Yesterday, Environmental Protection Agency (EPA) Administrator Stephen Johnson decided to modestly tighten smog standards, a decision directly “overruling the unanimous advice of its scientific advisory council for a more protective standard.”
According to the LA Times, President Bush personally intervened to overrule EPA staff who were pushing to protect forests and crops:
President Bush intervened at the 11th hour and turned down a second proposal by the EPA staff that would have established tougher seasonal limits on ozone based on its harm to forests, crops and other plants, according to documents obtained by The Times. Federal scientists had recommended those growing-season limits as a way to keep vegetation healthy and capable of trapping carbon dioxide, a greenhouse gas linked to global warming. [...]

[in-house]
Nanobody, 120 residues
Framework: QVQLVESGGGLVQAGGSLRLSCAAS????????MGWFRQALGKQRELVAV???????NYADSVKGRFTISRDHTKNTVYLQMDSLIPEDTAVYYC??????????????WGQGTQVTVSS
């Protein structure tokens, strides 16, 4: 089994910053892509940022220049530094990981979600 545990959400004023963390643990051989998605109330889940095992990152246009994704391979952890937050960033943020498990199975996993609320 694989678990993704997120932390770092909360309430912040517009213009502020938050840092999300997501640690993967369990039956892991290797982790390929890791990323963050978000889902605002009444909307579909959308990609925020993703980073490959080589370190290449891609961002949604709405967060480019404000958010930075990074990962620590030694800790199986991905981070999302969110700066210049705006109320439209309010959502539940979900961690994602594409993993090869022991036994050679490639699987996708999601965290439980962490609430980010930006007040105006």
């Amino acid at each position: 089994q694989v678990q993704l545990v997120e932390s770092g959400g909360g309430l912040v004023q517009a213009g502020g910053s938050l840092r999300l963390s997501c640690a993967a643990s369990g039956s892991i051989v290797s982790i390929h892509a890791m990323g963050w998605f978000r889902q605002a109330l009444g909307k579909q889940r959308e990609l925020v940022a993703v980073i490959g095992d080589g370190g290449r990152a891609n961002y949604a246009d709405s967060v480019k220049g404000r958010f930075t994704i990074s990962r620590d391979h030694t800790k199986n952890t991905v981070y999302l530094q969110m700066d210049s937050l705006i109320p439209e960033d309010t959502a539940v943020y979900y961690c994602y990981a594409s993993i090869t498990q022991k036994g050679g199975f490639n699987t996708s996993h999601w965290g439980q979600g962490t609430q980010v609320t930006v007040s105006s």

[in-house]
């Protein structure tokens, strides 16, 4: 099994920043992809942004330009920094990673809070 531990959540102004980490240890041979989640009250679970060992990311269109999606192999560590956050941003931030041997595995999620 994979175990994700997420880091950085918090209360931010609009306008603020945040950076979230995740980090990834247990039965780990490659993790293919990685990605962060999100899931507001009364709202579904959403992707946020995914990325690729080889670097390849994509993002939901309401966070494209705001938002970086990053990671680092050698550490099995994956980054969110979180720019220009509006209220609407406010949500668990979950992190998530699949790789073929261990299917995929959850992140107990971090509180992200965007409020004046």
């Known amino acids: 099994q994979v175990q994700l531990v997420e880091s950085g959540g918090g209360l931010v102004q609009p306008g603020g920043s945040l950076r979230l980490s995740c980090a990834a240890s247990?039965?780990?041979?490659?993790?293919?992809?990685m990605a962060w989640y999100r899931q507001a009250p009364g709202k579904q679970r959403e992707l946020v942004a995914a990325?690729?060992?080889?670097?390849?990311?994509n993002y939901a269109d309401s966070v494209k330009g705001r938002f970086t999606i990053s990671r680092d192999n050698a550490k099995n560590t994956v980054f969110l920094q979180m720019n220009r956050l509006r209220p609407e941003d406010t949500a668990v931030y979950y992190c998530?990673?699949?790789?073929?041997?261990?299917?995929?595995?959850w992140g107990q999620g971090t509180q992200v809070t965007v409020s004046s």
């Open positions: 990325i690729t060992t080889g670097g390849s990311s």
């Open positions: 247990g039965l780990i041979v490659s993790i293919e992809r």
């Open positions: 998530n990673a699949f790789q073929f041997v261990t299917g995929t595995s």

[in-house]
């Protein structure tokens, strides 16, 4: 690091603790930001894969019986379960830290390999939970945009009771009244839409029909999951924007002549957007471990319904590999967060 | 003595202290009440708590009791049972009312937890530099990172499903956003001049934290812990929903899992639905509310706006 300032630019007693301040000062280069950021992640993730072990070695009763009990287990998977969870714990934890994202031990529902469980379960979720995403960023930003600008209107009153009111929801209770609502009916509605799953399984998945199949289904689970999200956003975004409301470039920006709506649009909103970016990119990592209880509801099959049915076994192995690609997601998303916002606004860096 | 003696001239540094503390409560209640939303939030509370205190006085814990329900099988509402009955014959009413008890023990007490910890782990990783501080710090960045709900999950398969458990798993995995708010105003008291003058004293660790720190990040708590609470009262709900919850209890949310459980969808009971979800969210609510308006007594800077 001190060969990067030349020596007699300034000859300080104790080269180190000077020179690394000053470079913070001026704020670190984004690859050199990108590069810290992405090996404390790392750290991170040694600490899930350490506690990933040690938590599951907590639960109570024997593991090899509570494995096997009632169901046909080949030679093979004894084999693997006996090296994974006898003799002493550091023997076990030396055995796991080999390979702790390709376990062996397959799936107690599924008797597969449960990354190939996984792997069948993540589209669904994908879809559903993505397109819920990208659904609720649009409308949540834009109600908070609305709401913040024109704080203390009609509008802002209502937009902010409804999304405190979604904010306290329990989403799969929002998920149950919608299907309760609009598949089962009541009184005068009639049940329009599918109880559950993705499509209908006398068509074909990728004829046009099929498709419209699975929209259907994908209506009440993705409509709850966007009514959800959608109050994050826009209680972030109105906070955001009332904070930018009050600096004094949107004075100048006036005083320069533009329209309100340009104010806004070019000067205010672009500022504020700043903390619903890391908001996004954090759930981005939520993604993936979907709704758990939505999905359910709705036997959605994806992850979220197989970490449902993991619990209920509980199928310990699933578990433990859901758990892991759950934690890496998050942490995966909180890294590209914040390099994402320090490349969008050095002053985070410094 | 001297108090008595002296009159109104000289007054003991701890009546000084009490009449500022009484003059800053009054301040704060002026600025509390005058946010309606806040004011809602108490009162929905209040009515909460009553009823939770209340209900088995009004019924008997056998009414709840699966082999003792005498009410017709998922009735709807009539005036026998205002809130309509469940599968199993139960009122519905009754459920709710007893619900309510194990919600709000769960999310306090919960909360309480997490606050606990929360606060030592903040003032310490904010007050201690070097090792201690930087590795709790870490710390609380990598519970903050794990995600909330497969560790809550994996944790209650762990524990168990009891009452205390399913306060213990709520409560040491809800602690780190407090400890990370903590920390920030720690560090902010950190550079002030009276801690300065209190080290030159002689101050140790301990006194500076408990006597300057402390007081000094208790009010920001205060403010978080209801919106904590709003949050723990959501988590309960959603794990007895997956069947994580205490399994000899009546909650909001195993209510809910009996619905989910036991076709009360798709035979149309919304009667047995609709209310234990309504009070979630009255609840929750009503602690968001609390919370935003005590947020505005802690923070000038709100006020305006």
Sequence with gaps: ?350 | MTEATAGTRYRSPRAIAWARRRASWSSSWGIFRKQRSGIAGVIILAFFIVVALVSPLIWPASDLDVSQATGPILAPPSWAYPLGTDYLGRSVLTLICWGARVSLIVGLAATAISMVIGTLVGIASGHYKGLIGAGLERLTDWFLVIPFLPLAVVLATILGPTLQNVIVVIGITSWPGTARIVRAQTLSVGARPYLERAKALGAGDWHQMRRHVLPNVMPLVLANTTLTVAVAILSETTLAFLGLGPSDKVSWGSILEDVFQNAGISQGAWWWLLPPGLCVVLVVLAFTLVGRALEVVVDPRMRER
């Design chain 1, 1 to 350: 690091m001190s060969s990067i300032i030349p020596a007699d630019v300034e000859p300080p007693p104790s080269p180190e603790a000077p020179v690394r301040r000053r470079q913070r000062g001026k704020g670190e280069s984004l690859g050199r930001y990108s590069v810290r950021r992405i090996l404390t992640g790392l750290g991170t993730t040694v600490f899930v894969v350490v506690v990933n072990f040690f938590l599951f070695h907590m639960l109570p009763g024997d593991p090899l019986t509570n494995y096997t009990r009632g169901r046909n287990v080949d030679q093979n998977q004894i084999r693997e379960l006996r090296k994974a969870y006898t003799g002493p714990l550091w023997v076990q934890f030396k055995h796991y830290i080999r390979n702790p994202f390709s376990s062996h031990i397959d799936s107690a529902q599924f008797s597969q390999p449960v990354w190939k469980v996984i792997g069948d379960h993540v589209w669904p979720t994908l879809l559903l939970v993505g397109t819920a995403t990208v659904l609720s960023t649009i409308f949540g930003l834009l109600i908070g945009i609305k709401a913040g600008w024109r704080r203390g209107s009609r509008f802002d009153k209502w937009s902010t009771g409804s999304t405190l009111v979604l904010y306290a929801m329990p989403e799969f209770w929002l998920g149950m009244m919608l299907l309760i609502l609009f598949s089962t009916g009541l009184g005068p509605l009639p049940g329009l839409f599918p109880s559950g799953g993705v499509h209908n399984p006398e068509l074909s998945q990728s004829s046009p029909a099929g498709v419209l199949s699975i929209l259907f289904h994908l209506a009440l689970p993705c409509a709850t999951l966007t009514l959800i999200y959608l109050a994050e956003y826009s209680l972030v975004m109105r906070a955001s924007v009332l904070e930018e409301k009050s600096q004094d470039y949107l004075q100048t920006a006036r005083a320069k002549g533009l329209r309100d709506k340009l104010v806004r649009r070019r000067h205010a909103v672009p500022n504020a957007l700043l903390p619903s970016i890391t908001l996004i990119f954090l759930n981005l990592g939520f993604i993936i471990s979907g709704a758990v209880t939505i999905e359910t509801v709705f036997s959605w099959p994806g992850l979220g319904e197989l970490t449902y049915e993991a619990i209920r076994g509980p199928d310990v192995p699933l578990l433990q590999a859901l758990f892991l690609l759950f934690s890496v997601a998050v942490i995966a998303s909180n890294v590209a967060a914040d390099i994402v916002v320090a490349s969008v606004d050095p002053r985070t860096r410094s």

Memos between the EPA and the White House Office of Management and Budget in the last week show that White House budget officials objected to proposed seasonal standards as being illegal over-regulation. EPA officials countered, but Bush weighed in late Tuesday, and a written order reflecting his decision turning down the proposal was completed.
Johnson has a history of ignoring his staff when they recommend tough environmental protections. His determination to politicize the EPA has led 19 EPA unions to withdraw from their partnership with the agency because Johnson has consistently “ignored the advice of unionized workers and the agency’s own principles of scientific integrity.”
In a related story, Rep. Henry Waxman (D-CA) wrote to Johnson yesterday expressing his concern that “multiple senior EPA officials” have told him that EPA’s efforts to regulate greenhouse gas emissions have been stymied. Since the EPA informed the White House in December that CO2 levels from motor vehicles needed to be reduced, “the work on the vehicle efforts has stopped.”
UPDATE: OMB Watch notes that in the months leading up to Johnson’s industry-friendly decision, the EPA “held numerous closed-door meetings with representatives from the oil, electric, and auto industries.” One of those meetings was attended by a representative from Vice President Dick Cheney’s staff, although “Cheney’s office rarely involves itself in specific rulemakings.”